Amino-terminal fragments of laminin γ2 chain retract vascular endothelial cells and increase vascular permeability
Article first published online: 7 JAN 2014
© 2013 The Authors. Cancer Science published by Wiley Publishing Asia Pty Ltd on behalf of Japanese Cancer Association.
This is an open access article under the terms of the Creative Commons Attribution-NonCommercial-NoDerivs License, which permits use and distribution in any medium, provided the original work is properly cited, the use is non-commercial and no modifications or adaptations are made.
Volume 105, Issue 2, pages 168–175, February 2014
How to Cite
Cancer Sci 105 (2014) 168–175
- Issue published online: 10 FEB 2014
- Article first published online: 7 JAN 2014
- Accepted manuscript online: 15 NOV 2013 11:45AM EST
- Manuscript Accepted: 11 NOV 2013
- Manuscript Revised: 2 NOV 2013
- Manuscript Received: 1 OCT 2013
- Ministry of Education, Culture, Sports, Science and Technology of Japan. Grant Numbers: 23112517, 23300351
- Laminin γ2 chain;
- tumor invasion;
- vascular endothelial cells;
- vascular permeability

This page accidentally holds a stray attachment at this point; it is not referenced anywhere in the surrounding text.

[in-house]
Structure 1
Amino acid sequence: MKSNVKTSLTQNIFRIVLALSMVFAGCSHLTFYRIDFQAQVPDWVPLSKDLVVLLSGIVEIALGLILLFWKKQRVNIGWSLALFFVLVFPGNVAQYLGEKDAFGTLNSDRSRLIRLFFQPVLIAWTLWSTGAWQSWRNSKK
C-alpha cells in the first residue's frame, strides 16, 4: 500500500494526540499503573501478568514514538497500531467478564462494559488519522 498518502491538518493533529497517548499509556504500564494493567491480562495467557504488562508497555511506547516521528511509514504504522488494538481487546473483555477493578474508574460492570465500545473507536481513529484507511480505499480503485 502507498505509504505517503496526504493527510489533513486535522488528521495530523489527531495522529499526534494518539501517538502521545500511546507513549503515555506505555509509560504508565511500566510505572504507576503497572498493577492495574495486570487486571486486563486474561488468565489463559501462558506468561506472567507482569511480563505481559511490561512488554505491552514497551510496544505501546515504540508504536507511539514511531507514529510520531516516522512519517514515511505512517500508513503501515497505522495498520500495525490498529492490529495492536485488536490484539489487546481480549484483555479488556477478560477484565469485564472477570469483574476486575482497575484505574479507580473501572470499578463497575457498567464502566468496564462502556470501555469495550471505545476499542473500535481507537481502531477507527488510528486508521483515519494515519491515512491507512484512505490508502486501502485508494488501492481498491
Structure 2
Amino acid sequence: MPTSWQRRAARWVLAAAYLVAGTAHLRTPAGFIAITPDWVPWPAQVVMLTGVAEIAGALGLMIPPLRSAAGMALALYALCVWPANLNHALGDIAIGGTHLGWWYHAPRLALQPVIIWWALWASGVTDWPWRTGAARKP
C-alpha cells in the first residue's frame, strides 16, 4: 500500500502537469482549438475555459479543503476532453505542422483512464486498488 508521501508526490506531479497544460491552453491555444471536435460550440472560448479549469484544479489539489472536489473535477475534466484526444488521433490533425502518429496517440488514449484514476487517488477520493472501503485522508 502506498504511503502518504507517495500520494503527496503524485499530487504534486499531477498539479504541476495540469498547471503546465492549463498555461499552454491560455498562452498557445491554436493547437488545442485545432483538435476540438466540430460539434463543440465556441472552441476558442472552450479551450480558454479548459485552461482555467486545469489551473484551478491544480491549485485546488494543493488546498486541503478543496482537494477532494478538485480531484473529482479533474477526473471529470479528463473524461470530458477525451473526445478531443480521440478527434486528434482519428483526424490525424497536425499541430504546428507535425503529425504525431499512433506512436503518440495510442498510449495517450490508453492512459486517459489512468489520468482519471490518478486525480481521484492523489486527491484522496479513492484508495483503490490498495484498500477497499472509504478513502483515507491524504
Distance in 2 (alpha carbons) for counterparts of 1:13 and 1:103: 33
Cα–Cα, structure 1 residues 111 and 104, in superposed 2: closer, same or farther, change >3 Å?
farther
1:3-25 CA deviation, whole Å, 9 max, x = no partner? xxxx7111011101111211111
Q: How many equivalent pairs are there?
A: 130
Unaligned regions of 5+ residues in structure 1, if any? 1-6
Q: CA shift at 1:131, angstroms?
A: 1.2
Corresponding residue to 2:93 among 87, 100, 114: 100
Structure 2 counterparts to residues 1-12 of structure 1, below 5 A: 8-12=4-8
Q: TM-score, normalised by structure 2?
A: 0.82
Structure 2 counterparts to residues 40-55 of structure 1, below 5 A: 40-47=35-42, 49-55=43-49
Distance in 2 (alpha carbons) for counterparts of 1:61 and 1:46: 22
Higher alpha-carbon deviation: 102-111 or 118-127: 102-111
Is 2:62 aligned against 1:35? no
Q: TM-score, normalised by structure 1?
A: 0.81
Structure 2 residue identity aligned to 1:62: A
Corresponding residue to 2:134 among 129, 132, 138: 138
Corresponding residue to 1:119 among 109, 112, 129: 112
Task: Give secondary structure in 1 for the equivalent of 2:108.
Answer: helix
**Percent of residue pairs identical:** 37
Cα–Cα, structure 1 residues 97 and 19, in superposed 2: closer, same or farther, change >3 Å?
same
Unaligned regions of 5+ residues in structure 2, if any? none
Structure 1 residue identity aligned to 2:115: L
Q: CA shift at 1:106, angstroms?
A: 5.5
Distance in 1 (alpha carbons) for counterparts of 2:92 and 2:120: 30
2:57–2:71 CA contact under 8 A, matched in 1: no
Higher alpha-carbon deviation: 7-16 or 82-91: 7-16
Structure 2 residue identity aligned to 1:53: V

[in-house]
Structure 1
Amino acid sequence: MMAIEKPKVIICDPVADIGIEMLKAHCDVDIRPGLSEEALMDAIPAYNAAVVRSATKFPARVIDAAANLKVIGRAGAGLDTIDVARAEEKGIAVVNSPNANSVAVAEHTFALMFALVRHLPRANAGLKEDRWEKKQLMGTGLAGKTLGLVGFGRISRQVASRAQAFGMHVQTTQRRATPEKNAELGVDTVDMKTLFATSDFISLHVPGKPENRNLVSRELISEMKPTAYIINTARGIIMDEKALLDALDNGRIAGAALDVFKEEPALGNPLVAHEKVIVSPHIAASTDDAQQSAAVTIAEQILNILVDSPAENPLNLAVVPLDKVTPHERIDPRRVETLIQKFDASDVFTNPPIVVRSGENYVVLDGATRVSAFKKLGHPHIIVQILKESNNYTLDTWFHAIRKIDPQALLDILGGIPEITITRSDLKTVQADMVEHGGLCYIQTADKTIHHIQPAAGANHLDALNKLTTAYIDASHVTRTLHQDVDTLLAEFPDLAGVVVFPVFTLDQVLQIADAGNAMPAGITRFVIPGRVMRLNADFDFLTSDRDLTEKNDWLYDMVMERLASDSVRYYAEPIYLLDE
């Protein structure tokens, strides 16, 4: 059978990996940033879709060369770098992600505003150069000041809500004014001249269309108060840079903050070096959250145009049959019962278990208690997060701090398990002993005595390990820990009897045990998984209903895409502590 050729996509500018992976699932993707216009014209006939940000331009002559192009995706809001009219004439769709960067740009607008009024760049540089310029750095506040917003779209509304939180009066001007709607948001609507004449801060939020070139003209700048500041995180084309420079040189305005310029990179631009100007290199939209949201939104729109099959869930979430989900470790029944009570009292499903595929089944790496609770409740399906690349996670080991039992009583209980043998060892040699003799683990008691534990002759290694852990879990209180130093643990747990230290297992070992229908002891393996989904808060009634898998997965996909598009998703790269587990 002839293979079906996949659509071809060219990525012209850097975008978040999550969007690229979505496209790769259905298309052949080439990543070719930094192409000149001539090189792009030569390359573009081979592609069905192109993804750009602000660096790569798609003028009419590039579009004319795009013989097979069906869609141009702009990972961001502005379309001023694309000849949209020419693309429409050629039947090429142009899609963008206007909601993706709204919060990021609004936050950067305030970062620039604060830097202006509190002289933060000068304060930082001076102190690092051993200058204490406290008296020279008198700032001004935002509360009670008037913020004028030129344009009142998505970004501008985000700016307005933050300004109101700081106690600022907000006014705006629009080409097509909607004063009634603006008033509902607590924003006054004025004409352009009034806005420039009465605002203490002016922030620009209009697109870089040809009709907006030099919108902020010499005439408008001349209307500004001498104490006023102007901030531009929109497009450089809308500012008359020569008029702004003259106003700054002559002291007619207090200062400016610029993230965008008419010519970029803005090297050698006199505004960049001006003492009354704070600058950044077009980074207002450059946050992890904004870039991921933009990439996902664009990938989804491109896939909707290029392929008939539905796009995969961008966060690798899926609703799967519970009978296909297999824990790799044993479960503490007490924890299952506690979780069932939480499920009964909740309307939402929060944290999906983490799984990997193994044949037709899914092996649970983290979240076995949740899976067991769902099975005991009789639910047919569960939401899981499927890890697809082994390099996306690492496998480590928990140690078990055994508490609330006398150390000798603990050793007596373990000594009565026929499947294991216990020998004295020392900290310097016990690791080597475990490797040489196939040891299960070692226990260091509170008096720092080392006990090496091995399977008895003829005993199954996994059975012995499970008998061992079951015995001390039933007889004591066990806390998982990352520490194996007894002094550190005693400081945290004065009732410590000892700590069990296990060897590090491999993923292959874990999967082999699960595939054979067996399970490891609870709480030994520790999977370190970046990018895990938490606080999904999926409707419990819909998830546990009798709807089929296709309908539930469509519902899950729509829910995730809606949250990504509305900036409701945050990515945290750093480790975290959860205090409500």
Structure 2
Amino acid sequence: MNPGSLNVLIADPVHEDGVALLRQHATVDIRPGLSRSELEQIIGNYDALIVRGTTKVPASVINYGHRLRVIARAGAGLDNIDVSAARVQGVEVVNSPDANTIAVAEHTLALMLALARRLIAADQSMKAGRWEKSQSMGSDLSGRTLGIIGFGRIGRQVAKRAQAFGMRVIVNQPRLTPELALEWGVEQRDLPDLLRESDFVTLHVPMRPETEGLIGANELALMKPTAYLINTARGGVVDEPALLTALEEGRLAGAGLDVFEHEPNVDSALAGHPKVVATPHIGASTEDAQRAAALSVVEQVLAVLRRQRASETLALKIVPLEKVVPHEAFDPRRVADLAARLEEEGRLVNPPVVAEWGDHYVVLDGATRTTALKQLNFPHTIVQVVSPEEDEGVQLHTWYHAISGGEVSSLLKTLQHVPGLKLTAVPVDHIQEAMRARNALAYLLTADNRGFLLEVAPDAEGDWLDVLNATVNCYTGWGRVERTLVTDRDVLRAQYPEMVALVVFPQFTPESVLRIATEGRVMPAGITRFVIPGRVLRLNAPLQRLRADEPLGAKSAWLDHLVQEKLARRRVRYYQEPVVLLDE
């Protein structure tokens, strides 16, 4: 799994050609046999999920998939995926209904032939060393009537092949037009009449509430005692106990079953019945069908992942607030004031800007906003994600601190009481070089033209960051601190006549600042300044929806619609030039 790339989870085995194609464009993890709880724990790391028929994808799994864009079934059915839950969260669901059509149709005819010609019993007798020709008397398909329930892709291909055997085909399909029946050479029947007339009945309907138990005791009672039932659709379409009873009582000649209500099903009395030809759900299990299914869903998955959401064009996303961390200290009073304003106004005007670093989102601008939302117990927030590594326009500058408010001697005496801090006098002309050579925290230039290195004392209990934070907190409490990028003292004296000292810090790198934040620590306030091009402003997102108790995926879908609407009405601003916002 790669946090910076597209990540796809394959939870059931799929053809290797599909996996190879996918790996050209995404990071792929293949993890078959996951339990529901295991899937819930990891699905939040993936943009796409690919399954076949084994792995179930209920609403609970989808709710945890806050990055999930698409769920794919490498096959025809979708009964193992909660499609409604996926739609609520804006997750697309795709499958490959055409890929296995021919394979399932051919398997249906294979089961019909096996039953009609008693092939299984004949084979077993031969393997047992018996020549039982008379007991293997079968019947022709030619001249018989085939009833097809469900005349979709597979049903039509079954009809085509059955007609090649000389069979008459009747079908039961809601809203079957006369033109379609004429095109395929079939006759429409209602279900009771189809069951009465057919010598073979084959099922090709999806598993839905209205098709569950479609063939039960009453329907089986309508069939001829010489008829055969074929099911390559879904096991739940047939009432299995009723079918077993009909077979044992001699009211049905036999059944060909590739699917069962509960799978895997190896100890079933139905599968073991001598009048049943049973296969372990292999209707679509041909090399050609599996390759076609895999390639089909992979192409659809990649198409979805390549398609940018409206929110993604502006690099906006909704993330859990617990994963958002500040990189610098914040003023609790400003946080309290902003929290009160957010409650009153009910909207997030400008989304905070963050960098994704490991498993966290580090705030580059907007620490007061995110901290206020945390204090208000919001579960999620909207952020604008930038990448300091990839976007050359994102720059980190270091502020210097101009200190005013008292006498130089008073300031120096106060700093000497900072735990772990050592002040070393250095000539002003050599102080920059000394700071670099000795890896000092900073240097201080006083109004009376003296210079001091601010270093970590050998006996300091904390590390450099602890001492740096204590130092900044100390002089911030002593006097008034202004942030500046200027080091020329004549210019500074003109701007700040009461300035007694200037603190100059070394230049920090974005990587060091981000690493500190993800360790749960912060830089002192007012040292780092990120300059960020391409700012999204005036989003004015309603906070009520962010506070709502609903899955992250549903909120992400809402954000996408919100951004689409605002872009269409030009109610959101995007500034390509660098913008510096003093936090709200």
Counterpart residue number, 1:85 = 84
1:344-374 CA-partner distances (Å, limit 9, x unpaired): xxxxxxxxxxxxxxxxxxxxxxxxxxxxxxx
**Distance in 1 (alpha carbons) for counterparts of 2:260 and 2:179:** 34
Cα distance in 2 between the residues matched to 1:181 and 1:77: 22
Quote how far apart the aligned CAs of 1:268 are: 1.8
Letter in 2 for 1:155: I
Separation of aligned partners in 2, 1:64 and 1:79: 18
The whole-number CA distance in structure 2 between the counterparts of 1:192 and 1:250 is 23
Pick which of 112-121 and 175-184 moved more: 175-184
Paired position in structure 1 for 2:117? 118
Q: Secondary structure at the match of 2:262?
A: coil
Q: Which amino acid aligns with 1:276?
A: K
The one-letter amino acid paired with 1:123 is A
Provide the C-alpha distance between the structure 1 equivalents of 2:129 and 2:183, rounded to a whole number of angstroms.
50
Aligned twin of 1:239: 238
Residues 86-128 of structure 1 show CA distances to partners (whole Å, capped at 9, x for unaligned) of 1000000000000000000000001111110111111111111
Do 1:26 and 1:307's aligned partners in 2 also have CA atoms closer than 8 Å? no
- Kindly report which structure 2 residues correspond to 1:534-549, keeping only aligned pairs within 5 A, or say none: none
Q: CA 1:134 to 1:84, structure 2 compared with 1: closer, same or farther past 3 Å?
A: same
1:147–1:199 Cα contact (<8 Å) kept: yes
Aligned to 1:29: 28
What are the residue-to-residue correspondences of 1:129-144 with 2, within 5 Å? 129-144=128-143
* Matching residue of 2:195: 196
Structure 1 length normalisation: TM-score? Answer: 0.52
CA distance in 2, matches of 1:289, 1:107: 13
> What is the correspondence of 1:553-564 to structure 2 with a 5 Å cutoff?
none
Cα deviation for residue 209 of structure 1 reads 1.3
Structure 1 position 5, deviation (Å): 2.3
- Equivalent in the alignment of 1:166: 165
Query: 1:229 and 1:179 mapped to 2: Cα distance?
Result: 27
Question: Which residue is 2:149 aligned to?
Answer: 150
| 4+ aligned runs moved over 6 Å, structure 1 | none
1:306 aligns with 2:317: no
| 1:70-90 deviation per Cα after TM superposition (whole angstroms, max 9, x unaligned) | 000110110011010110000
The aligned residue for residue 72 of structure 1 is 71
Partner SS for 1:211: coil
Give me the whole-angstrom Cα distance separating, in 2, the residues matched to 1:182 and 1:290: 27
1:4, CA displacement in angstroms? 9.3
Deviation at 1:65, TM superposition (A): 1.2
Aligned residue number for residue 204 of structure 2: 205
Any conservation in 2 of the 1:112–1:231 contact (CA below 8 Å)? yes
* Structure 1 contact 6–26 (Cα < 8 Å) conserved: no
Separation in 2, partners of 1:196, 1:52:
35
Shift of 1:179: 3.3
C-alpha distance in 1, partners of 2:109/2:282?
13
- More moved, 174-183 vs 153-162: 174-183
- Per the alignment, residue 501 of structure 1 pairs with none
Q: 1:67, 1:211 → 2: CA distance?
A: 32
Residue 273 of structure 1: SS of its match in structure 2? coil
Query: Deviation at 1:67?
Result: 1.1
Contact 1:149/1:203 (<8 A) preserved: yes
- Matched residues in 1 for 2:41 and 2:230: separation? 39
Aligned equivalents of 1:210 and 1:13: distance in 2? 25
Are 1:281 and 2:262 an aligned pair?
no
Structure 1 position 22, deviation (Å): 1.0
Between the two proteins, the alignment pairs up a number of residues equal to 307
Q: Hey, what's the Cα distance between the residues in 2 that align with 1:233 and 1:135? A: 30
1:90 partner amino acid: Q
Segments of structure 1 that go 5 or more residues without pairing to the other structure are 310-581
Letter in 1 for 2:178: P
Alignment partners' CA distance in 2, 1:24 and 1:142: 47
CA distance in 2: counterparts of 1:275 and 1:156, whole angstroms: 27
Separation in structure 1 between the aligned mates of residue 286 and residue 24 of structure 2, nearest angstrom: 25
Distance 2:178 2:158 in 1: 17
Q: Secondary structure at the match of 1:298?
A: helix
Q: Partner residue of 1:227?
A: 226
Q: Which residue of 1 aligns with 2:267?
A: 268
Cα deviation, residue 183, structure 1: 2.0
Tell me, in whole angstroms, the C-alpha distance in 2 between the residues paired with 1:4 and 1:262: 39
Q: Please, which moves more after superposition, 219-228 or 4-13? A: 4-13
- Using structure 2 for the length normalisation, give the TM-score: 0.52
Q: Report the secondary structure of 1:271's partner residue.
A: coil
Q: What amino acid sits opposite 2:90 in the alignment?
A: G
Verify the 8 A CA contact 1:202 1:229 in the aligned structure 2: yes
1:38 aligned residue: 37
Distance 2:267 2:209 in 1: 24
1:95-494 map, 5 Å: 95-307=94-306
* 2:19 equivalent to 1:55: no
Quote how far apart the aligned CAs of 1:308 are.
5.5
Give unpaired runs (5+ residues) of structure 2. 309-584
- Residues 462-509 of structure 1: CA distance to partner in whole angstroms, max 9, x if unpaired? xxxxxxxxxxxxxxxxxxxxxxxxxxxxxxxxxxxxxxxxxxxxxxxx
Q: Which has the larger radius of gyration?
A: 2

Laminin γ2 (Lmγ2) chain, a subunit of laminin-332, is a typical molecular marker of invading cancer cells, and its expression correlates with poor prognosis of cancer patients. It was previously found that forced expression of Lmγ2 in cancer cells promotes their invasive growth in nude mice. However, the mechanism of the tumor-promoting activity of Lmγ2 remains unknown. Here we investigated the interaction between Lmγ2 and vascular endothelial cells. When treated with an N-terminal proteolytic fragment of γ2 (γ2pf), HUVECs became markedly retracted or shrunken. The overexpression of Lmγ2 or treatment with γ2pf stimulated T-24 bladder carcinoma cells to invade into the HUVEC monolayer and enhanced their transendothelial migration in vitro. Moreover, γ2pf increased endothelial permeability in vitro and in vivo. As the possible mechanisms, γ2pf activated ERK and p38 MAPK but inactivated Akt in HUVECs. Such effects of γ2pf led to prominent actin stress fiber formation in HUVECs, which was blocked by a ROCK inhibitor. In addition, γ2pf induced delocalization of VE-cadherin and β-catenin from the intercellular junction. As possible receptors, γ2pf interacted with heparan sulfate proteoglycans on the surface of HUVECs. Moreover, we localized the active site of γ2pf to the N-terminal epidermal growth factor-like repeat. These data suggest that the interaction between γ2pf and heparan sulfate proteoglycans induces cytoskeletal changes of endothelial cells, leading to the loss of endothelial barrier function and the enhanced transendothelial migration of cancer cells. These activities of Lmγ2 seem to support the aberrant growth of cancer cells.